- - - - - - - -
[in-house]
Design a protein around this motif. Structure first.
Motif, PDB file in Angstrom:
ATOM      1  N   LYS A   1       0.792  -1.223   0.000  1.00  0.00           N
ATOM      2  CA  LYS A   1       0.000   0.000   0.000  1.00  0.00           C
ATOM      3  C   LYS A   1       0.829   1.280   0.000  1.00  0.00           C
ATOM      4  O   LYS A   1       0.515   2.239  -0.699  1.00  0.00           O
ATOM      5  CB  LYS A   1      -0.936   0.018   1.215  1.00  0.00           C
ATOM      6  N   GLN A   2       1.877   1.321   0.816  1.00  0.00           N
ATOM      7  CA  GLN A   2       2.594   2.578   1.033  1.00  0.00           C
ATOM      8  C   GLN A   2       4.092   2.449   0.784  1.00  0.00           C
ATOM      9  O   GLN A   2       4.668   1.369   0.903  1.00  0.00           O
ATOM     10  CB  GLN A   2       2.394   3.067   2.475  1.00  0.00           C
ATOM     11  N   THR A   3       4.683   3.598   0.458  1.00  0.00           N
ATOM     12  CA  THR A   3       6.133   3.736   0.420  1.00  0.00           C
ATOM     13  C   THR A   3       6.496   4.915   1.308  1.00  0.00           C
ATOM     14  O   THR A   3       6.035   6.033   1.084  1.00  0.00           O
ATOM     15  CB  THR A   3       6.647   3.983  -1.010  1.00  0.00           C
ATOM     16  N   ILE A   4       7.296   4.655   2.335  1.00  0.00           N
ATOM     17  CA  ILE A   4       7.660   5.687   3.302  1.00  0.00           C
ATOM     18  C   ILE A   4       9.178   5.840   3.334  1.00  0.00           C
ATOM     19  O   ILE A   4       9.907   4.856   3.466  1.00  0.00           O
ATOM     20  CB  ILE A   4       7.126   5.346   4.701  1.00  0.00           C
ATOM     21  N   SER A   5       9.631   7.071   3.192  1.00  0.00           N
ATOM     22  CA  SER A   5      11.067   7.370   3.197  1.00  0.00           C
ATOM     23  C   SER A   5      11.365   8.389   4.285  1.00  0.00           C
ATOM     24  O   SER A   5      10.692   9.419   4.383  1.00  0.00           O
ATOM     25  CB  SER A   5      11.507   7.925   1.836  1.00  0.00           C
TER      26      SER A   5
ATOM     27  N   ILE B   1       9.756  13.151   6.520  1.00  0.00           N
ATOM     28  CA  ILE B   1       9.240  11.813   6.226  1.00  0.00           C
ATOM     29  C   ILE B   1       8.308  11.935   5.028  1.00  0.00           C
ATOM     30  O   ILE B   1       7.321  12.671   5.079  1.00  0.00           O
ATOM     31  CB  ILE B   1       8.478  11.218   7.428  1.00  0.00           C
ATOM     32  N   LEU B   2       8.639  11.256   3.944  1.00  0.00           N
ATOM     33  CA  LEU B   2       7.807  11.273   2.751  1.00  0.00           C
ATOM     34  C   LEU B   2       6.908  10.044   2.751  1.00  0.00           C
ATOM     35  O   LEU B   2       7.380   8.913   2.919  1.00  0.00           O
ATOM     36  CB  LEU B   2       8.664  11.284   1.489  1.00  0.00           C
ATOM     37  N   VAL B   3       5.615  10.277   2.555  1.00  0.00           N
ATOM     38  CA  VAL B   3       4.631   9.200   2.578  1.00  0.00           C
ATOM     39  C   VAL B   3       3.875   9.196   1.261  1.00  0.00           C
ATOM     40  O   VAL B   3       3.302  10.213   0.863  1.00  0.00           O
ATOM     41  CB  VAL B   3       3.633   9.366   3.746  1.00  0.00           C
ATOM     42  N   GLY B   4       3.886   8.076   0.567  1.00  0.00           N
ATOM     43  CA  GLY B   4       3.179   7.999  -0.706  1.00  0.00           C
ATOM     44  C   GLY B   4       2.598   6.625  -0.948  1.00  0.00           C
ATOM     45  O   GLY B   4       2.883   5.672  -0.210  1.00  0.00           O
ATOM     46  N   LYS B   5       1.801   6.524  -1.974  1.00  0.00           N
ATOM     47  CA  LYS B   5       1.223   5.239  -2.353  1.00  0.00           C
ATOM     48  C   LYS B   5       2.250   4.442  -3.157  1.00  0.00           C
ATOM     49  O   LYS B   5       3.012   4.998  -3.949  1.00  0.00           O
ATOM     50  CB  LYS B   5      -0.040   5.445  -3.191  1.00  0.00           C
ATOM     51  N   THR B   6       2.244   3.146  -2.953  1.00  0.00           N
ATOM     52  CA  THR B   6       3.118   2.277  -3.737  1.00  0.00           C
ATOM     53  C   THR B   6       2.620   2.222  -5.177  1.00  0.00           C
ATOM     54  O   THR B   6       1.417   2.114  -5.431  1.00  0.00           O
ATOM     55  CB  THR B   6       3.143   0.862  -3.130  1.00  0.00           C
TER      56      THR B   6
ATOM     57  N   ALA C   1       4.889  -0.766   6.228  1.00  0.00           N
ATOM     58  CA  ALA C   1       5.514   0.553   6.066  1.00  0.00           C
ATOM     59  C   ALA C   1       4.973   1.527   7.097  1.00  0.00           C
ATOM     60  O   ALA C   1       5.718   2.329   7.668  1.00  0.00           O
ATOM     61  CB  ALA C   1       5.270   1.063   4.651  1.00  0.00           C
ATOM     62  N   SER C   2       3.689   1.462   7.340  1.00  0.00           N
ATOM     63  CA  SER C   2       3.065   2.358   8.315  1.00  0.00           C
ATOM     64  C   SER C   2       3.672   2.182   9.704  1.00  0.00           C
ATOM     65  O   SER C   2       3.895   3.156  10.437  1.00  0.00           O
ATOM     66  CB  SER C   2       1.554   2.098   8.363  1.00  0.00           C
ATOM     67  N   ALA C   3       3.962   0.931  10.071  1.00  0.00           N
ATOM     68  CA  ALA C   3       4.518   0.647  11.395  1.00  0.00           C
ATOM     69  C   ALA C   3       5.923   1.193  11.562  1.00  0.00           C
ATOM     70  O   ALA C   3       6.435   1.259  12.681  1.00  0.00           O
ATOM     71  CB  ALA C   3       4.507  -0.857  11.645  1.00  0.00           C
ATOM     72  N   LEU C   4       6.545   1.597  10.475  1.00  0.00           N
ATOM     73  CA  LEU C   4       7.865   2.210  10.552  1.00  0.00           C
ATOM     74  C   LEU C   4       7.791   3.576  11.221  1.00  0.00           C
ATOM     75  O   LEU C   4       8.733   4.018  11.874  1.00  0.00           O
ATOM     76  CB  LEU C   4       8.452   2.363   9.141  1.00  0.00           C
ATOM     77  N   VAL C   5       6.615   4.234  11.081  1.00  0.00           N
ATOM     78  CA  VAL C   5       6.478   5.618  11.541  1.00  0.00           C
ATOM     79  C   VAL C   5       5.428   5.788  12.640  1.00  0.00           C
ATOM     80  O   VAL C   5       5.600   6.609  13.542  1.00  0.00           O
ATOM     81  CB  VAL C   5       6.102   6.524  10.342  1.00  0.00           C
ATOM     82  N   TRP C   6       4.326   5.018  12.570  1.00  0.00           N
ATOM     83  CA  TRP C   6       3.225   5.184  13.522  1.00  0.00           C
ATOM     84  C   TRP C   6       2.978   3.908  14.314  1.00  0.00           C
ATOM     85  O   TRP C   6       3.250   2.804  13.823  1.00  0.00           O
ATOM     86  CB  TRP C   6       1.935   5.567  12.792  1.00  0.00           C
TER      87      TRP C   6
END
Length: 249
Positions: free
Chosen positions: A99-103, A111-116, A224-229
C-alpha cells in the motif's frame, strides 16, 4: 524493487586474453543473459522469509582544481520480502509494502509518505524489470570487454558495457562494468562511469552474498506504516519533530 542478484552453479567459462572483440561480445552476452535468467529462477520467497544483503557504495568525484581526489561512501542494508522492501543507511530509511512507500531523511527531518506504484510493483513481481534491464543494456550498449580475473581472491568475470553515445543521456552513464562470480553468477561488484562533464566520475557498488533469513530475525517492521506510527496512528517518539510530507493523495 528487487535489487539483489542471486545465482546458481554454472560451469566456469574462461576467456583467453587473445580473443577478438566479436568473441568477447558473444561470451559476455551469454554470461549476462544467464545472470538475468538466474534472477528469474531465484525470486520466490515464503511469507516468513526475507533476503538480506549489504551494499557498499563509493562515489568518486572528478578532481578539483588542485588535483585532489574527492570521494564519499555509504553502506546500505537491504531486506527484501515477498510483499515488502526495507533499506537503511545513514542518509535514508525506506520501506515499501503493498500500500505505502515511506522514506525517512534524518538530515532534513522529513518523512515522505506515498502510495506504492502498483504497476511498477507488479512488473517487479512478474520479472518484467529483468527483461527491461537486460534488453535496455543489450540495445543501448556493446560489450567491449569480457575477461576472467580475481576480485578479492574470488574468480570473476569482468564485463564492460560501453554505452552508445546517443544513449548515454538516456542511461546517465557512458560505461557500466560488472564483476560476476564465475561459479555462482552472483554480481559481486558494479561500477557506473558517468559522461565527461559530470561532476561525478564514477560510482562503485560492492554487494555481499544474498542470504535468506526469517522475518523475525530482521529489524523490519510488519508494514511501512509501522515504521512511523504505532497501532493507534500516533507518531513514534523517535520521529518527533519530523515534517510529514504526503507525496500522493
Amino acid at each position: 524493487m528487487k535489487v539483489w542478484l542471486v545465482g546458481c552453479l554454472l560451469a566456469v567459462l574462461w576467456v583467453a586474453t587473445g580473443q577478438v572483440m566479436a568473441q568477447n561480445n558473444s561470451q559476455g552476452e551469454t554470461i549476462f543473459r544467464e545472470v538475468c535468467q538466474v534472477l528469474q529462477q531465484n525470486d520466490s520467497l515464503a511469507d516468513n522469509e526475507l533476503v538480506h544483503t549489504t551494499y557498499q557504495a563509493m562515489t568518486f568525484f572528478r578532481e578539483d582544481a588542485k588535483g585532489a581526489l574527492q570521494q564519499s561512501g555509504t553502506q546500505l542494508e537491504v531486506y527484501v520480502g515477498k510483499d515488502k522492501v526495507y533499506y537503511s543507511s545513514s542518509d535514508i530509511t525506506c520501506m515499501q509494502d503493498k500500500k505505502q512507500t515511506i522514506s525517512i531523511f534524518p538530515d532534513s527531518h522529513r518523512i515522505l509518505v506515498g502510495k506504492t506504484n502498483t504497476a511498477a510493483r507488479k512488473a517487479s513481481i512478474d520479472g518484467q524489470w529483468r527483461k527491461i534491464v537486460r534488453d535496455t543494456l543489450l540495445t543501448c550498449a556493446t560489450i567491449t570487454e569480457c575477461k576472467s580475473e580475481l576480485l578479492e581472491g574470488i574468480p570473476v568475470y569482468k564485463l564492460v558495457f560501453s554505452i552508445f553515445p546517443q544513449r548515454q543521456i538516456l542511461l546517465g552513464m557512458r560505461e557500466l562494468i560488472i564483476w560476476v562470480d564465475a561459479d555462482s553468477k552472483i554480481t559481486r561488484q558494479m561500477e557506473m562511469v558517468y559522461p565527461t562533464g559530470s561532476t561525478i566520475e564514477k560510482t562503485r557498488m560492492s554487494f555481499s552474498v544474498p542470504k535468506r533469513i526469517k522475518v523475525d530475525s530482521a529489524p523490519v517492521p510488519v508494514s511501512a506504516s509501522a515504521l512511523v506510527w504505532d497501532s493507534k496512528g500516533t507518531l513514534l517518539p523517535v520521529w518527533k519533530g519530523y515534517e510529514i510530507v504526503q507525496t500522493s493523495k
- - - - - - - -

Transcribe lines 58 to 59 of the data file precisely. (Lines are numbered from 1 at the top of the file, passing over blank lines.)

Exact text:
ATOM     55  CB  THR B   6       3.143   0.862  -3.130  1.00  0.00           C
TER      56      THR B   6